The church wasn’t the only part of the urban landscape to suffer during the war. There was damage of sufficient volume for there to be two small estates of prefab bungalows – Lee Road Bungalows just to the north of what is now Heathlee Road and River Close, which was opposite Manor Way. The section between them and onwards to the south was re-developed in the 1960s. The postcard below shows the street scene in that part of Lee Road in the early 20th century looking towards Blackheath – the boundary going down the middle of the road.

Just to the north of Manor Way, there was another T junction of boundaries – Lee remained constant but on the eastern side Charlton became Kidbrooke. The 1893 Ordnance Survey map noted a boundary stone, but this alas is no longer there. The Charlton – Kidbrooke boundary had followed Mid Kid Brook through the Cator Estate. The Brook’s original course would have been across Lee Road but during the 18th century it was diverted down Lee Road, it is currently culverted.

The was very little bomb damage on the eastern side of the boundary beyond Manor Way, with most of the houses that would have been there in 1893 remaining. One of the original houses was taken over as Lee Workingmen’s Club at 113 -115 Lee Road in the 1920s, the Club (pictured above) closed this century and is now a nursery . The Lee Constitutional Club was two doors down but arrived just too late to quench the thirst of the Ordnance Survey cartographers.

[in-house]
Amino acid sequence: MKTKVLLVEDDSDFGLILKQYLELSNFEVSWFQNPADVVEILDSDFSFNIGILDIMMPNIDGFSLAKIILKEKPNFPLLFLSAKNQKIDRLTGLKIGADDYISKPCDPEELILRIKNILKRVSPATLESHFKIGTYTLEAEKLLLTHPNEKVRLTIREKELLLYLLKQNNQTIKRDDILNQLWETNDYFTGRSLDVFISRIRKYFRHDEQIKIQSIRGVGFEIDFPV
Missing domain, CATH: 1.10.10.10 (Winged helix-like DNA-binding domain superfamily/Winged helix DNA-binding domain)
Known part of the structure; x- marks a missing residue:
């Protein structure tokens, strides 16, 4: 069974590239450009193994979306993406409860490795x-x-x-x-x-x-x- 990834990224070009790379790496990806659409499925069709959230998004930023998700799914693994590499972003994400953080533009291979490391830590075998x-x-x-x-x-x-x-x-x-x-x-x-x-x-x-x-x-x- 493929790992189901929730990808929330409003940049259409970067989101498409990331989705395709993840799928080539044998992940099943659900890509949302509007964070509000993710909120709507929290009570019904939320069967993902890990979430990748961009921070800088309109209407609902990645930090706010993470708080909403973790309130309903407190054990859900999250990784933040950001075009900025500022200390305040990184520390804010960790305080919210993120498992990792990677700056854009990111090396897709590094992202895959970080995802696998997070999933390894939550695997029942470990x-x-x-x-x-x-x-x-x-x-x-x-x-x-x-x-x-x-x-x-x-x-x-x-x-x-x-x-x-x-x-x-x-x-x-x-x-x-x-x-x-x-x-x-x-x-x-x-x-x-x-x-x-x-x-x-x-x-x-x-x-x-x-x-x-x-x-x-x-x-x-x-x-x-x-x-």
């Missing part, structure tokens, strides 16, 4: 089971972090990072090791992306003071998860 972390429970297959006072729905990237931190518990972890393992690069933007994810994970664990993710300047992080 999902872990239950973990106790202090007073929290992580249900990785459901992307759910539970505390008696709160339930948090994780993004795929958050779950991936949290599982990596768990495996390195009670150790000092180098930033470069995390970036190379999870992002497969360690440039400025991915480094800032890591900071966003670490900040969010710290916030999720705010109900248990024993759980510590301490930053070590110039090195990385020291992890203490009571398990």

The 1863 and 2020 boundary continues down the middle of the road, now with Greenwich rather than Kidbrooke. Like the streetlights, bins, paving, white lines and tarmac colours that have become informal boundary markers, Lee Road has another variant – a small island in the road.

About a hundred metres on, we reach the Quaggy – another three way boundary in 1893 with Eltham replacing Kidbrooke. There is another boundary marker by the bridge over the Quaggy, its a defaced one of a similar style to that at the beginning of this section – rumour has it that the places were hacked out so as not to offer any help to German troops in the event of an invasion. There is though a better boundary marker almost below it though; by the outflow of the culverted Mid Kid Brook which as it joins the Quaggy is another Lewisham Natureman stag. This is the final one in the quartet of stags we have spotted on or close to the Lee boundary, so it seems an appropriate place to finish the circuit.

Notes

  1. Neil Rhind (forthcoming) Blackheath and Its Environs Volume 3

The Postcards are via eBay from 2016, apart from the one of Christ Church which is from a couple of years before.

Census and related data is via Find My Past (subscription required)